There are so many decisions to make when you’re buying an RV. Do you want a motorhome you can drive or a trailer you can tow? Do you have a vehicle you can tow with? What size are you comfortable with? How many people do you need to accommodate? What features would you like?
If you’re anything like us, shopping for an RV quickly becomes an obsession! We trolled websites, attended trade shows and visited RV dealers. Each “container” (as our then 2-year old daughter liked to call them), offered new possibilities and fresh excitement.
Is there really a perfect RV out there?
Maybe not, but we think the Tin Can Cottage is pretty darn close--at least for this stage of our lives. And we were able to buy our ideal RV very quickly by answering these three key questions.
1) Do you want to buy a motorhome or a trailer?
Our past RV experiences were both motorhome trips: one in a van conversion, one in a Class C motorhome. Motorhomes are fantastic for road trips as they require minimal set-up. Park it, plug it in and you’re pretty much good to go!
For our style of camping, however, a travel trailer is best. While we do some road tripping, we usually stay in one spot for a few days or even a week. It’s nice to have a vehicle handy to day-trip, versus bringing an entire motorhome with us. While many people have Motorhome Toad (tow a smaller car behind the RV) to get around the mobility aspect, we did not want to have to maintain another vehicle engine.
The decision to buy a travel trailer was made easier because we already owned a pick-up truck. At the time, we were driving a v8 Dodge Dakota 4x4, so we were limited by its towing capacity. However, there was still a lot to choose from!
We looked at tent trailers, hybrids, and lightweight travel trailers, which were all quite tow-able with our truck, but agreed a hardtop travel trailer would best suit our needs. We anticipated some early-spring/late-fall camping and the travel trailer would be warmer than a tent trailer or hybrid.
As parents of a toddler, we also appreciated the fast set-up of a travel trailer versus a tent version.
2) What do you need in a layout?
With the format decision out of the way, the next most important thing for us was the layout. There are SO many layouts available--truly something for everyone! We agreed on this short wish list:
- A living area separate from our daughter’s bed. She was just little and we weren’t ready to go to sleep when she was. We wanted to be able to sit up and play cards or watch a movie if it wasn’t campfire weather.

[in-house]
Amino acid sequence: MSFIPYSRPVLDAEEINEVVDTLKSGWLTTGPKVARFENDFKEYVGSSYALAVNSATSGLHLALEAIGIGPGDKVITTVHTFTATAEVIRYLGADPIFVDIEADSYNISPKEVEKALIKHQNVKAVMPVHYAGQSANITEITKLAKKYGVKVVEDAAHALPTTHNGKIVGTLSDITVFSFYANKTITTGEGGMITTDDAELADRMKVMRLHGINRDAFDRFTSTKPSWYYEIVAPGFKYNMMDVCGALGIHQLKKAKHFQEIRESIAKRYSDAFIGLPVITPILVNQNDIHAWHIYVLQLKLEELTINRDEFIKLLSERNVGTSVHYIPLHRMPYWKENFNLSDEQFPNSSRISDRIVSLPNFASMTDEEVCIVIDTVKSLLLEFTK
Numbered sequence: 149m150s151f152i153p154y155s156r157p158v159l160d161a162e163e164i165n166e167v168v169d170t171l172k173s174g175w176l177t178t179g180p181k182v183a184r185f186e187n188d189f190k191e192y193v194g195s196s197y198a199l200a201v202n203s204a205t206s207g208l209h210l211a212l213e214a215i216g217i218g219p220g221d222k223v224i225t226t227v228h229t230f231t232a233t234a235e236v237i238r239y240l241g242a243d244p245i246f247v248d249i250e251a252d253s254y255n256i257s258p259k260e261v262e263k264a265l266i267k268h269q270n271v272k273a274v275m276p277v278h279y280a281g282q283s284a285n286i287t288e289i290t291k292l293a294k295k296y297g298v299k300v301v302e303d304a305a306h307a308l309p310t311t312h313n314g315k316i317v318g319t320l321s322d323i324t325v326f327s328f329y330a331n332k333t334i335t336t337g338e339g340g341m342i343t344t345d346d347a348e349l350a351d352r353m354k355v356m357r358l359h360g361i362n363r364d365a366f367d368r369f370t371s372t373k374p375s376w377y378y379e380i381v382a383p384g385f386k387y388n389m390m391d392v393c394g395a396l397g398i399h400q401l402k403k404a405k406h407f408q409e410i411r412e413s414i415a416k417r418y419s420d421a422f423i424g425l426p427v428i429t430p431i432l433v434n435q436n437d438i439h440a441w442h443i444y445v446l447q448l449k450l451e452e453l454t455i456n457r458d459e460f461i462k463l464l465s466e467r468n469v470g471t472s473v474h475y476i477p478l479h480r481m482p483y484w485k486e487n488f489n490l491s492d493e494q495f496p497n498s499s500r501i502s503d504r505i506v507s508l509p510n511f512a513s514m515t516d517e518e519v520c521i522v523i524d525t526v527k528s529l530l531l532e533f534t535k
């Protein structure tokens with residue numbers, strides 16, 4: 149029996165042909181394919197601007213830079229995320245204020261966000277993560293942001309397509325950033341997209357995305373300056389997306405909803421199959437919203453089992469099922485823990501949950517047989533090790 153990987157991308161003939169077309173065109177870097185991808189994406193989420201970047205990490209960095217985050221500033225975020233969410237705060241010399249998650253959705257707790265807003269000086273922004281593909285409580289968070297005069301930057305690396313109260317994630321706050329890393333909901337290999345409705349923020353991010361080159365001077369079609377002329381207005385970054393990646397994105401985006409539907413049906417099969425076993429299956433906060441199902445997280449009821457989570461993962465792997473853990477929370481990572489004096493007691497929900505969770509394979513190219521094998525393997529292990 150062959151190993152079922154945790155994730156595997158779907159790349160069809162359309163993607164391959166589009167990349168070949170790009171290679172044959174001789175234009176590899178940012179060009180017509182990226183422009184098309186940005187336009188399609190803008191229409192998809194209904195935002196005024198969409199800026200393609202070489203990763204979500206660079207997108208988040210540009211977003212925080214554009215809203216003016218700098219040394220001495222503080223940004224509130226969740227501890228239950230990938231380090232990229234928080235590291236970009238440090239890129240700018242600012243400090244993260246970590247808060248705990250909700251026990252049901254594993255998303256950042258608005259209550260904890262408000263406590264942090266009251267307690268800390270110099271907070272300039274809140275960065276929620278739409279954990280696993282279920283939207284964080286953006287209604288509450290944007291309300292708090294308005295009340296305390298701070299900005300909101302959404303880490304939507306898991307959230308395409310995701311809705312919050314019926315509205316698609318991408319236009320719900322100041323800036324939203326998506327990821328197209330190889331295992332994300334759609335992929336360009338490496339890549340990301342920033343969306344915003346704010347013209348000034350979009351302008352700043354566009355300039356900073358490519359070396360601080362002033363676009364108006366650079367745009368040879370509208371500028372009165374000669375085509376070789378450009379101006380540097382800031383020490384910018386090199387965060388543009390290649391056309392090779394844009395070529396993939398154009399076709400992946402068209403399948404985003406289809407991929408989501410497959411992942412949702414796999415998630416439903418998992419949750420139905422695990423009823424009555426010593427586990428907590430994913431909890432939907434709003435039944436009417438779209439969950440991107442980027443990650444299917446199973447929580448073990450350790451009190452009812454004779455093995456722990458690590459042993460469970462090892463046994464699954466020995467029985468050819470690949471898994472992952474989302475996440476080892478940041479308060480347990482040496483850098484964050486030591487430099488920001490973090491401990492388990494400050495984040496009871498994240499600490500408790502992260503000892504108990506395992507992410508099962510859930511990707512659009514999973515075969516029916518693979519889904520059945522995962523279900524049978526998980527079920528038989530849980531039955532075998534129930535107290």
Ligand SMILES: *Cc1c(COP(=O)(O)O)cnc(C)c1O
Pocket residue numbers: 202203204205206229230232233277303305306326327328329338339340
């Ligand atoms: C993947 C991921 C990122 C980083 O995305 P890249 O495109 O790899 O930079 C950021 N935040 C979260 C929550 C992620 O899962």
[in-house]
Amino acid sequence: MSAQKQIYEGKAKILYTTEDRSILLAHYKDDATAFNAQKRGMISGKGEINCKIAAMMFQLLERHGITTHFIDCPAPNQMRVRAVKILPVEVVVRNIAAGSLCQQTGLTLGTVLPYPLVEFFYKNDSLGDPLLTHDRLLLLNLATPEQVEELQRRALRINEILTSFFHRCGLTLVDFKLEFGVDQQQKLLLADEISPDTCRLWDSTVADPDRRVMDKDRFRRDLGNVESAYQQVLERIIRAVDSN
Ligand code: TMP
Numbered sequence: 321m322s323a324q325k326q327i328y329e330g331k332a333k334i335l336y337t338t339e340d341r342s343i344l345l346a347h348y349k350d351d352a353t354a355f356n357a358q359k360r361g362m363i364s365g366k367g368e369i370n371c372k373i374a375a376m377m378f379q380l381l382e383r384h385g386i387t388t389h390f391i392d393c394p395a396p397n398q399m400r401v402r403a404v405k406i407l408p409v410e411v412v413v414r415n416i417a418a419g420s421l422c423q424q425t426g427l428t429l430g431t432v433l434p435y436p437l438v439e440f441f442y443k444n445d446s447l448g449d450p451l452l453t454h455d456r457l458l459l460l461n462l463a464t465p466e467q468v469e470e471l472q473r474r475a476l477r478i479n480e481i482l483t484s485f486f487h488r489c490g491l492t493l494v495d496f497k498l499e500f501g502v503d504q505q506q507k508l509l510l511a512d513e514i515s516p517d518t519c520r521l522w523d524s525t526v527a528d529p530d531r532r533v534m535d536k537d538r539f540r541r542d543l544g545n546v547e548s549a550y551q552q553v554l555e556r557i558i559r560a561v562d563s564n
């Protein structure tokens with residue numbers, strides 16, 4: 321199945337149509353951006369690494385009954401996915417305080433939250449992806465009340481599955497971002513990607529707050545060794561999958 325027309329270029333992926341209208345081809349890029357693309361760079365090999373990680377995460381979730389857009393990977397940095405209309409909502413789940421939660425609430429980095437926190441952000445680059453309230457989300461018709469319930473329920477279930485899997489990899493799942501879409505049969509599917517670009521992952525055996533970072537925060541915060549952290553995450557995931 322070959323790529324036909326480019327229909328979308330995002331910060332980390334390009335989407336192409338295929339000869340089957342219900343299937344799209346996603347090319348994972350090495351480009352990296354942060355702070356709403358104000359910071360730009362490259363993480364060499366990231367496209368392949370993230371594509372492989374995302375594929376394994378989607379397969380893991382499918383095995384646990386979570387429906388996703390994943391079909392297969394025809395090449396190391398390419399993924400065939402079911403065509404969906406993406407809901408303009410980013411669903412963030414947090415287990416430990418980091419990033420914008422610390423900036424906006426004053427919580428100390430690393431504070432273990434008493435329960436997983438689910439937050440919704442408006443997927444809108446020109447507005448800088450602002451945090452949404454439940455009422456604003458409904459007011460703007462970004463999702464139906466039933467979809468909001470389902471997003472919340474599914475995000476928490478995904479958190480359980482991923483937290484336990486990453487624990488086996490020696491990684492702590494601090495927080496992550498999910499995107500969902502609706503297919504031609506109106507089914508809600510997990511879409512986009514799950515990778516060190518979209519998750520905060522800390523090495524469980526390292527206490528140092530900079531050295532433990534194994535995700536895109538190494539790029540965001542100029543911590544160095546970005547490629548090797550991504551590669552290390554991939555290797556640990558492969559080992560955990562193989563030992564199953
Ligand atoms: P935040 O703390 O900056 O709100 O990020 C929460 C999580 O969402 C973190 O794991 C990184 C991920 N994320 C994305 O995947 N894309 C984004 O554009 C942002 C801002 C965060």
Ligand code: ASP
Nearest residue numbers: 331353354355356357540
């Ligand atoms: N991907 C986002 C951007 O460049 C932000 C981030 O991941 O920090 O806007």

- A bathtub. Again, with a toddler, this was a must!
- A kitchen with ample cooking space. Of course, “ample” space is all relative in a trailer! We love to cook, so wanted an oven/stove, fridge/freezer and enough counter space to prep.
There were a few other “nice-to-haves” on our list, but these were the deal breakers.
3) How is the RV constructed?
Yep. You read that right. Construction may not be the sexiest part of buying a trailer, but it sure is important.
When we started researching RVs, Colin came across a manufacturer named Evergreen. Unlike others, they did not use any wood in the walls of their trailers. This is important because wood and moisture are not friends. As soon as you get moisture into the walls of a trailer constructed with wood, bad things happen.
Unfortunately, the Evergreen exceeded the towing capacity of our Dakota, so we went with a Jayco Jay Feather EXP 254--one of the few hard-top, non-hybrid models in this series.
The Jay Feather was a great little trailer! At less than 5,000 pounds dry it was super light. The layout was terrific, with a queen bed at each end, giving us plenty of space after our daughter went to bed. And the kitchen had more counter space than other trailers in its class.
However, after five years of regular use, we noticed a bubble in the fibreglass front of the trailer. We learned this was delamination, which is what can happen when moisture gets into the trailer walls. Basically, the water seeps into the wood in the middle and, without any means to escape, the moisture eventually weakens the glue or rots the wood and causes the fibreglass to bubble away from the substrate.
Colin had religiously sealed the roof of the trailer, but it was too late. Water can get in through the tiniest of holes and delamination is difficult to detect until it’s quite advanced.
We considered fixing the problem, but it wasn’t going to be easy, or cheap, so we decided to look for a new trailer. This time, we were going for our original choice--the Evergreen--as a recent upgrade to a Ford F150 meant towing capacity was no longer an issue.
Enter the Tin Can Cottage
Sadly, Evergreen RV went out of business in 2016, so buying a new RV was not an option. But, we found a 2011 model with the ideal layout listed for sale in the Ottawa area and made the four and a half hour drive to check her out.
Not only did this trailer have beds at opposite ends of the trailer, it actually had a separate master bedroom. The trailer itself was in great condition, and the dealer was willing to give us a decent trade-in on the Jay Feather.
But what really sold us on this model was the L-shaped kitchen. So. Much. Space. From the moment we saw it, we could picture ourselves cooking side-by-side.
So, is this our perfect trailer? Like I said in the beginning, there may not be a “perfect” trailer, but this one is great for where we are right now. There are a few things we’d like to change, but they’re mostly cosmetic.
In fact, we’ve just embarked on our first round of interior renovations in preparation for the 2019 camping season and will be sharing our progress here on the blog in the coming weeks.